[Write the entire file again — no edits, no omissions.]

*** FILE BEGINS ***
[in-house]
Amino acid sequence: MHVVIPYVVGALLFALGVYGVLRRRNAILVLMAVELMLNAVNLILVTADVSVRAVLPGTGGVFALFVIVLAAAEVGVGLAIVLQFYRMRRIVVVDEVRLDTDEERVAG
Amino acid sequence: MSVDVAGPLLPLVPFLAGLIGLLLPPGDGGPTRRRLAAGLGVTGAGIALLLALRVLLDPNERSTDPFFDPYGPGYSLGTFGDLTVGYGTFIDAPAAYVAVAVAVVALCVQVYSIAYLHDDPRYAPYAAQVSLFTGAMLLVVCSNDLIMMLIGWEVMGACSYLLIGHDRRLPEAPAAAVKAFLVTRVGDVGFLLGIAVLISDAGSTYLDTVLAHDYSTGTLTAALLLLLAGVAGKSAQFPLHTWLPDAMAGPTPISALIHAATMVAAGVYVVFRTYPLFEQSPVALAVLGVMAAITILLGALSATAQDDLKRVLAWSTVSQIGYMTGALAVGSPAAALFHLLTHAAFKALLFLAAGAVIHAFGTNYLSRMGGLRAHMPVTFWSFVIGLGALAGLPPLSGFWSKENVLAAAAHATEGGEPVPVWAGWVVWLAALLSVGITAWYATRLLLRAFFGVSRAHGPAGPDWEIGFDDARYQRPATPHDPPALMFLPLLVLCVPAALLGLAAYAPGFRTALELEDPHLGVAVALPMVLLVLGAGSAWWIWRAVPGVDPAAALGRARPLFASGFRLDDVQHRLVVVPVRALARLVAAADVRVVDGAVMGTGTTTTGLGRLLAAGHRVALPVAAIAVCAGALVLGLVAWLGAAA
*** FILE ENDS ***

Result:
[in-house]
Amino acid sequence: MHVVIPYVVGALLFALGVYGVLRRRNAILVLMAVELMLNAVNLILVTADVSVRAVLPGTGGVFALFVIVLAAAEVGVGLAIVLQFYRMRRIVVVDEVRLDTDEERVAG
Amino acid sequence: MSVDVAGPLLPLVPFLAGLIGLLLPPGDGGPTRRRLAAGLGVTGAGIALLLALRVLLDPNERSTDPFFDPYGPGYSLGTFGDLTVGYGTFIDAPAAYVAVAVAVVALCVQVYSIAYLHDDPRYAPYAAQVSLFTGAMLLVVCSNDLIMMLIGWEVMGACSYLLIGHDRRLPEAPAAAVKAFLVTRVGDVGFLLGIAVLISDAGSTYLDTVLAHDYSTGTLTAALLLLLAGVAGKSAQFPLHTWLPDAMAGPTPISALIHAATMVAAGVYVVFRTYPLFEQSPVALAVLGVMAAITILLGALSATAQDDLKRVLAWSTVSQIGYMTGALAVGSPAAALFHLLTHAAFKALLFLAAGAVIHAFGTNYLSRMGGLRAHMPVTFWSFVIGLGALAGLPPLSGFWSKENVLAAAAHATEGGEPVPVWAGWVVWLAALLSVGITAWYATRLLLRAFFGVSRAHGPAGPDWEIGFDDARYQRPATPHDPPALMFLPLLVLCVPAALLGLAAYAPGFRTALELEDPHLGVAVALPMVLLVLGAGSAWWIWRAVPGVDPAAALGRARPLFASGFRLDDVQHRLVVVPVRALARLVAAADVRVVDGAVMGTGTTTTGLGRLLAAGHRVALPVAAIAVCAGALVLGLVAWLGAAA